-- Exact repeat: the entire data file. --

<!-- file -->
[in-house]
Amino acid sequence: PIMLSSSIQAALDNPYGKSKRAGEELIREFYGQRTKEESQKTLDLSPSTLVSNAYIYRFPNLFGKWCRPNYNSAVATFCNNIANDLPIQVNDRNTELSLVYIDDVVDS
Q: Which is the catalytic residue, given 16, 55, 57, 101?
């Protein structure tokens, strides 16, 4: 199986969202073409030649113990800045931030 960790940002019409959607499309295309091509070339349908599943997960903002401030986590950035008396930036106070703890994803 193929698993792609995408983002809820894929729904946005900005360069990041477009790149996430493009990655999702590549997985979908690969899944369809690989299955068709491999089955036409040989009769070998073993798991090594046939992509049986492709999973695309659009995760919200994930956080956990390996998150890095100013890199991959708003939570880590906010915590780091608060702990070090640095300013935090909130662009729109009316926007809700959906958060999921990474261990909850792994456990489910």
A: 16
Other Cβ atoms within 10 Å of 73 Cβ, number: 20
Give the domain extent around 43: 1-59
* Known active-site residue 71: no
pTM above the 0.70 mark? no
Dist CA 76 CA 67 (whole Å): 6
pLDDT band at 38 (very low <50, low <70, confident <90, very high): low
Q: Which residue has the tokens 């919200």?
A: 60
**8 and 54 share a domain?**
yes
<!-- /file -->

[in-house]
Amino acid sequence: PIMLSSSIQAALDNPYGKSKRAGEELIREFYGQRTKEESQKTLDLSPSTLVSNAYIYRFPNLFGKWCRPNYNSAVATFCNNIANDLPIQVNDRNTELSLVYIDDVVDS
Q: Which is the catalytic residue, given 16, 55, 57, 101?
């Protein structure tokens, strides 16, 4: 199986969202073409030649113990800045931030 960790940002019409959607499309295309091509070339349908599943997960903002401030986590950035008396930036106070703890994803 193929698993792609995408983002809820894929729904946005900005360069990041477009790149996430493009990655999702590549997985979908690969899944369809690989299955068709491999089955036409040989009769070998073993798991090594046939992509049986492709999973695309659009995760919200994930956080956990390996998150890095100013890199991959708003939570880590906010915590780091608060702990070090640095300013935090909130662009729109009316926007809700959906958060999921990474261990909850792994456990489910």
A: 16
Other Cβ atoms within 10 Å of 73 Cβ, number: 20
Give the domain extent around 43: 1-59
* Known active-site residue 71: no
pTM above the 0.70 mark? no
Dist CA 76 CA 67 (whole Å): 6
pLDDT band at 38 (very low <50, low <70, confident <90, very high): low
Q: Which residue has the tokens 């919200």?
A: 60
**8 and 54 share a domain?**
yes